Psychosis Quotes

Quotes tagged as "psychosis" Showing 1-30 of 58
Ernest Becker
“The road to creativity passes so close to the madhouse and often detours or ends there.”
Ernest Becker, The Denial of Death

Joseph Campbell
“The psychotic drowns in the same waters in which the mystic swims with delight.”
Joseph Campbell, Psychology of the Future

R.D. Laing
“Schizophrenia cannot be understood without understanding despair.”
R.D. Laing

David Bowie
“Everywhere I looked, demons of the future [were] on the battlegrounds of one’s emotional plane.”
David Bowie

Sigmund Freud
“A transference neurosis corresponds to a conflict between ego and id, a narcissistic neurosis corresponds to that between between ego and super-ego, and a psychosis to that between ego and outer world.”
Sigmund Freud, General Psychological Theory

Sigmund Freud
“Neurosis is the result of a conflict between the ego and its id, whereas psychosis is the analogous outcome of a similar disturbance in the relation between the ego and its environment (outer world).”
Sigmund Freud, General Psychological Theory

Philip K. Dick
“Am I racially kin to this man? Baynes wondered. So closely so that for all intents and purposes it is the same? Then it is in me, too, the psychotic streak. A psychotic world we live in. The madmen are in power. How long have we known this? Faced this? And—how many of us do know it?”
Philip K. Dick, The Man in the High Castle

J.G. Ballard
“The endless newsreel clips of nuclear explosions that we saw on TV in the 1960s (were) a powerful incitement to the psychotic imagination, sanctioning *everything*.”
J.G. Ballard, The Atrocity Exhibition

T. Mountebank
“He didn’t know what beget what, but he quickly learned that people with money to hide were powerful, and powerful people were violent. It was reliable math: as the amount of money being conveyed increased, so too did the level of paranoia; the psychotic behavior of his clients increasing with every figure added to the sum.”
T. Mountebank, Sister Sable

“Don't take my hate personal. I hate even myself.”
Mario Fingarov

Patricia Highsmith
“Fantasy, an unflagging optimism is necessary for a writer at all stages of this rough game. A kind of madness is therefore necessary, when there is every logical reason for a state of depression and discouragement. Perhaps the fact that I can react with utter gloom to this is what keeps me from being psychotic and keeps me merely neurotic. I am doing quite a good day's work today. But I am also aware of the madness that actually sustains me, and I am not made more comfortable or happy by it.”
Patricia Highsmith

Sigmund Freud
“We can postulate that there must be diseases founded on a conflict between ego and super-ego. Analysis gives us the right to infer that melancholia is the model of this group, and then we should put in a claim for the name of "narcissistic psychoneuroses" for these disorders.”
Sigmund Freud, General Psychological Theory

Charles Bukowski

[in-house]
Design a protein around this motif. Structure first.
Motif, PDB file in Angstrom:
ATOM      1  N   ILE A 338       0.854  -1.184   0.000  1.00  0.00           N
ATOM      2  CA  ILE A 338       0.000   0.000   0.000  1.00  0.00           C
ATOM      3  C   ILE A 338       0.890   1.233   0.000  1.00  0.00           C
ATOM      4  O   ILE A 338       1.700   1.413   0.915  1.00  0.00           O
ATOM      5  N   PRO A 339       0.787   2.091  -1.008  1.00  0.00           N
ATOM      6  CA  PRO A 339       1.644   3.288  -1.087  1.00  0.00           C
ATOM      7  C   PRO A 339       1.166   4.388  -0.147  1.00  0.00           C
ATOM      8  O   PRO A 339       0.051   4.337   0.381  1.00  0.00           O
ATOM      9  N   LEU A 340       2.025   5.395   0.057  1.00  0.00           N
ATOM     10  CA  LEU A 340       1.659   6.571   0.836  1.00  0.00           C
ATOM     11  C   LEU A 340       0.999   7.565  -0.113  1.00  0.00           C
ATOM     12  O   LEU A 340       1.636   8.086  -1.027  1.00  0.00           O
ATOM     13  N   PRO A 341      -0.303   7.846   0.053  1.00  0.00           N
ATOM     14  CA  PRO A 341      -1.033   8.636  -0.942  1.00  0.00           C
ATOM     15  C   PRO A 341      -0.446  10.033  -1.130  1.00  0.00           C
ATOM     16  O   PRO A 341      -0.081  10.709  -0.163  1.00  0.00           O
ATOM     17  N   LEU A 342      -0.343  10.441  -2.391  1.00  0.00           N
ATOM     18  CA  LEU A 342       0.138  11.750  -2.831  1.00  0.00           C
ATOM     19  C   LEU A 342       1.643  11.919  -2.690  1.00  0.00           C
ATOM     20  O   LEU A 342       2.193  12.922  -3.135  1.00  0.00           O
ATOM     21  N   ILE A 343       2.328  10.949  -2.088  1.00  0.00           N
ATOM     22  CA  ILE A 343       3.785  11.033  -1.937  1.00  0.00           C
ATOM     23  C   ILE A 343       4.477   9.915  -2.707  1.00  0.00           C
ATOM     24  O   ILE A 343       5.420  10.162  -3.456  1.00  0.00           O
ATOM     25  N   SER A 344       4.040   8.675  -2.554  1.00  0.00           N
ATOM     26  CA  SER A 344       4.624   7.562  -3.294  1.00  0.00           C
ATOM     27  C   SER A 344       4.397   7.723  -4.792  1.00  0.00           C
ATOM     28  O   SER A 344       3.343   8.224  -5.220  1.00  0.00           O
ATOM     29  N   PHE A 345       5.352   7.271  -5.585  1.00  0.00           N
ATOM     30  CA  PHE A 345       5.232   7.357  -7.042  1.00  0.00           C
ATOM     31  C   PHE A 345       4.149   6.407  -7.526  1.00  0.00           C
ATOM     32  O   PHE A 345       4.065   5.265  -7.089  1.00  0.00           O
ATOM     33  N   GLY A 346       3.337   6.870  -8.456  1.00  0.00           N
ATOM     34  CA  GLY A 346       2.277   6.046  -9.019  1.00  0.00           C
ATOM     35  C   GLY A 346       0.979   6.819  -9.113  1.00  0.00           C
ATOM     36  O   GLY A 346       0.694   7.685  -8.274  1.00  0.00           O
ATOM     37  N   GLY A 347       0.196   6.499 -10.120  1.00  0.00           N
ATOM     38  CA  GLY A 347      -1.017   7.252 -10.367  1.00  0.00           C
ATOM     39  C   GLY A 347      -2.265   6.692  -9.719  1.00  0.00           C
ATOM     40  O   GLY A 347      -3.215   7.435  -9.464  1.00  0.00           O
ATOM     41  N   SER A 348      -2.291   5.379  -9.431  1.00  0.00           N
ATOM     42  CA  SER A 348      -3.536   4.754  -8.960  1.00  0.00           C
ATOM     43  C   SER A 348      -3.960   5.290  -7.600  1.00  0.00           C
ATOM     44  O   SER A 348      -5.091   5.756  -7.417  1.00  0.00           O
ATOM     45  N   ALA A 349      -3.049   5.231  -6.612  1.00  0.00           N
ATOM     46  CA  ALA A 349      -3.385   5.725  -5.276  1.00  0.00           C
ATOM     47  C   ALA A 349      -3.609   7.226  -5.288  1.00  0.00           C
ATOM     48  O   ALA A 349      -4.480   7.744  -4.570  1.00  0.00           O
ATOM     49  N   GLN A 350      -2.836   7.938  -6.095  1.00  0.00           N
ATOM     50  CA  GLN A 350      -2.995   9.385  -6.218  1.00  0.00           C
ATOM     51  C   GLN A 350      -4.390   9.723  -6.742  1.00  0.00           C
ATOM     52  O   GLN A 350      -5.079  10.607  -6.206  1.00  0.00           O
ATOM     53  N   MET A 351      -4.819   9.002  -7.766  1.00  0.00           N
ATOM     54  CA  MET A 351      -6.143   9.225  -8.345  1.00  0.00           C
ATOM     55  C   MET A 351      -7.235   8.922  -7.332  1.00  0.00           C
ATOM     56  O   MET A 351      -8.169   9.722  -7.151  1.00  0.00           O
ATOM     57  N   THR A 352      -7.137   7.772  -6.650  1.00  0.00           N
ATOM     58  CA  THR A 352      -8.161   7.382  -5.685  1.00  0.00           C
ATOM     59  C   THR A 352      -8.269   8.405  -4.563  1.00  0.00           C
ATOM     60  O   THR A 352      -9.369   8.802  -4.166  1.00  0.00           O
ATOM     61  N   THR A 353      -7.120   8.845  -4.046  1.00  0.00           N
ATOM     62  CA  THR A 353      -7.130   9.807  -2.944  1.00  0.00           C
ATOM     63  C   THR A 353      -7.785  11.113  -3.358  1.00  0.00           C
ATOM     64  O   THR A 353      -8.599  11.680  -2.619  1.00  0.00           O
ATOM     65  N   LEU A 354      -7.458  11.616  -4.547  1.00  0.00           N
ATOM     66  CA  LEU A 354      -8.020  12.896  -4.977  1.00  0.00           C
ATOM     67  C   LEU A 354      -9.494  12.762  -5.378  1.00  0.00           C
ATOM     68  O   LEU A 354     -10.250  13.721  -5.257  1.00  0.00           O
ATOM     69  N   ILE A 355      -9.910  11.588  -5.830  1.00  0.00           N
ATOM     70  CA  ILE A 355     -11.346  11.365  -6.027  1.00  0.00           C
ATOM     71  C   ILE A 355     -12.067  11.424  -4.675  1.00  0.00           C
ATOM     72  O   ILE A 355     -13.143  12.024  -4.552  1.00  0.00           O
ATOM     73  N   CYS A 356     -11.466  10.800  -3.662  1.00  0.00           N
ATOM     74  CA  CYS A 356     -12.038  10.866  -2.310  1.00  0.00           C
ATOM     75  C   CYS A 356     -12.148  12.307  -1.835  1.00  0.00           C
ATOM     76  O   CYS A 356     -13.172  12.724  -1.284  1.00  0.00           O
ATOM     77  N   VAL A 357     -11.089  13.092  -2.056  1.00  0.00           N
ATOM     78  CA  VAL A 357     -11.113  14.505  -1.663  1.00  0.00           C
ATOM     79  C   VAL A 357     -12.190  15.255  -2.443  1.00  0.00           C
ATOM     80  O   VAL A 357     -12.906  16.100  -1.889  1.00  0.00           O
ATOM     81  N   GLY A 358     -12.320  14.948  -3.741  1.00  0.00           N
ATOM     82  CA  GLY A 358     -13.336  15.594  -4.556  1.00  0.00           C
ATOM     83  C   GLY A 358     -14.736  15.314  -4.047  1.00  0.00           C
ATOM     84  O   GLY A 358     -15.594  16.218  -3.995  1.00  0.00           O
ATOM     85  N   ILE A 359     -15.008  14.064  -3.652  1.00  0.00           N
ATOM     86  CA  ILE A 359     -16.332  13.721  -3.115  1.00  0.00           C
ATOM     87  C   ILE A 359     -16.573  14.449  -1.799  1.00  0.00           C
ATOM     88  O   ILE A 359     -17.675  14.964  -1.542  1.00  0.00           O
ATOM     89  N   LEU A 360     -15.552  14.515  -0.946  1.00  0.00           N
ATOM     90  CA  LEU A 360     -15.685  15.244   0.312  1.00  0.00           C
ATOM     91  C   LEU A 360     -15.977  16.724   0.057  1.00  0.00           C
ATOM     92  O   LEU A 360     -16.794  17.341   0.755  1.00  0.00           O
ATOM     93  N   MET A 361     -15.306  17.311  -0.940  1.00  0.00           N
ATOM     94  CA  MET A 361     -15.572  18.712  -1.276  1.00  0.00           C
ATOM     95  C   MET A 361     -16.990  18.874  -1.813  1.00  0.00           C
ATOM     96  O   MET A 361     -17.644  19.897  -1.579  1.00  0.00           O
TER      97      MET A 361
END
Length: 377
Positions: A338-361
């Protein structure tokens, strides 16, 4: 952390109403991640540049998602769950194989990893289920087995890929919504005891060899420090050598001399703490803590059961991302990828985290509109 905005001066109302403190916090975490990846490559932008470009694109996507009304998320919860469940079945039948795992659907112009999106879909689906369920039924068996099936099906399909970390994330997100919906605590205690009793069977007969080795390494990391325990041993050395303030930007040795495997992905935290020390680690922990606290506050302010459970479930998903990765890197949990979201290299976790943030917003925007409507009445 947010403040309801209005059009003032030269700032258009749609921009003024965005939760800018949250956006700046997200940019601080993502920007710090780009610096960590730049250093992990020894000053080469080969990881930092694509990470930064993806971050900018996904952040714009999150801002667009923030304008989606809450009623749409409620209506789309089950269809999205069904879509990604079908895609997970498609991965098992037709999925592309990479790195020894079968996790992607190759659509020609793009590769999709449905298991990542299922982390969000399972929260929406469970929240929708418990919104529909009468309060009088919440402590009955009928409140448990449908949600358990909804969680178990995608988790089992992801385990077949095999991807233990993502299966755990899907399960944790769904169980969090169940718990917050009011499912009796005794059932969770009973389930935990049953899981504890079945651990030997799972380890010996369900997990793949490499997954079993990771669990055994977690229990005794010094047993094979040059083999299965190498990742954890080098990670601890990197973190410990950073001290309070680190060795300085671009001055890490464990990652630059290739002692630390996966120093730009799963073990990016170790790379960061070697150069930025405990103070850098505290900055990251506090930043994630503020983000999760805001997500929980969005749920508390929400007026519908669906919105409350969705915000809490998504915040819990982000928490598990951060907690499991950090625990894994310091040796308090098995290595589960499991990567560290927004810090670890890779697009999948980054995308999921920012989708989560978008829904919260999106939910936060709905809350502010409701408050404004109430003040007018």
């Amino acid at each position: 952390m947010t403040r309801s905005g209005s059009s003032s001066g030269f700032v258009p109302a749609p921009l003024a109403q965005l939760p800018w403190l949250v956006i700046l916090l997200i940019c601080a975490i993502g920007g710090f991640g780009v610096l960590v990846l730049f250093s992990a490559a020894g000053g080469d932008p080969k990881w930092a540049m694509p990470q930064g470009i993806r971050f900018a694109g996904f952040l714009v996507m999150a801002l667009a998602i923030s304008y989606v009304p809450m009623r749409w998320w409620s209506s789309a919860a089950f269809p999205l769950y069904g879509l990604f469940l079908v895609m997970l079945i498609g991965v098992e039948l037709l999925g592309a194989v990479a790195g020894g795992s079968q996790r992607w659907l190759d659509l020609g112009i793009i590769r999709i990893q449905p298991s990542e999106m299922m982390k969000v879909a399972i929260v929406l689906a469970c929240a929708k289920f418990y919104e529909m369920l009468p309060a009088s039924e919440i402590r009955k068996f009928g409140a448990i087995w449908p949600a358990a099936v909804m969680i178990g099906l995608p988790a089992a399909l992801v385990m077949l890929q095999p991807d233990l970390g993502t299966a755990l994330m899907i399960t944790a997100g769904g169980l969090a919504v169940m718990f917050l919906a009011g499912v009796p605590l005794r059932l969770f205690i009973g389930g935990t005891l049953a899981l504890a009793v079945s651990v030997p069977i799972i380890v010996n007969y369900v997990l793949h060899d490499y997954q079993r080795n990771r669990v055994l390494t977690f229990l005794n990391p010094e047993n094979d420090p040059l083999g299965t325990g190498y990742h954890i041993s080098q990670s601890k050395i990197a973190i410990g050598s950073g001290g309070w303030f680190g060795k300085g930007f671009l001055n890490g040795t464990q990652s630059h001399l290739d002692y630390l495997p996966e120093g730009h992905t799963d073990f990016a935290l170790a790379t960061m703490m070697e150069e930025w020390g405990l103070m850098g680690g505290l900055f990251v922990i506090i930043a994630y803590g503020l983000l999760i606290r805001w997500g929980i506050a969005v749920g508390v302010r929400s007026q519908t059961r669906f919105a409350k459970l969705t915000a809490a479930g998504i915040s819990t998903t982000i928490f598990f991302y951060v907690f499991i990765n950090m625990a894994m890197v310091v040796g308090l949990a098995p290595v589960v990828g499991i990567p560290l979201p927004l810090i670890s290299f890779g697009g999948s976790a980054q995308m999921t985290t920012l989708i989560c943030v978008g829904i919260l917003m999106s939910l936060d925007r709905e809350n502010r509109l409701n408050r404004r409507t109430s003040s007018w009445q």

“So be careful when you bend over.”
Charles Bukowski

Gellu Naum
“Schizofrenia pana la ultima ei limita, refuzul total al oricarei realitati decat cea a visului, al oricarui adevar decat al viziunii.”
Gellu Naum

Patricia Highsmith
“I have a definite psychosis in being with people. I cannot bear it very long.”
Patricia Highsmith

Ron Powers
“...I have sometimes imagined my own sanity as resting on the surface of a membrane, a thin and fragile membrane that can easily be ripped open, plunging me into the abyss of madness, where I join the tumbling souls whose membranes have likewise been pieced over the ages. Sometimes, when my thoughts are especially fevered, I can visualize the agent of this piercing. It is a watchful presence at the edge of things, silent and dripping, a stranger in a raincoat... When we fall into such psychosis, there are no other membranes below to catch and protect us. And the horror and helplessness of the fall are intensified by an uncaring world.”
Ron Powers, No One Cares About Crazy People: The Chaos and Heartbreak of Mental Health in America

“The truth, and the threat it poses, can be too overwhelming to bear, and for many women in the aftermath of the sexual revolution, the truth was that their experiences were being dismissed by the men in their lives. Although many of the women in the films of this period are clearly meant to be schizophrenic, sociopathic or downright psychotic, the underlying implication (and there always is one in horror films) is that these ‘illnesses’ come in at the break between the woman’s experience and the man’s experience of the same situation- and what is ‘true’ or ‘right’ is often whatever the man says it is.”
Kier-la Janisse, House of Psychotic Women: An Autobiographical Topography of Female Neurosis in Horror and Exploitation Films

Jack Whiteside Parsons
“No doubt you will be delighted to hear from an adept who has undertaken the operation of his H.G.A. in accord with our traditions.

The operation began auspiciously with a chromatic display of psychosomatic symptoms, and progressed rapidly to acute psychosis. The operator has alternated satisfactorily between manic hysteria and depressing melancholy stupor on approximately 40 cycles, and satisfactory progress has been maintained in social ostracism, economic collapses and mental disassociation.

These statements are mentioned not in any vainglorious spirit of conceit, but rather that they may serve as comfort and inspiration to other aspirants on the Path.

Now I'm off to the wilds of Mexico for a period, also in pursuit of the elusive H.G.A. before winding up in the guard finally via the booby hotels, the graveyard, or—? If the final, you can tell all the little Practicuses that I wouldn't have missed it for anything.

—No one. Once called 210”
Jack Whiteside Parsons, Sex and Rockets: The Occult World of Jack Parsons

Philip K. Dick
“Let it be said that one of the first symptoms of psychosis is that the person feels perhaps he is becoming psychotic.”
Philip K. Dick, VALIS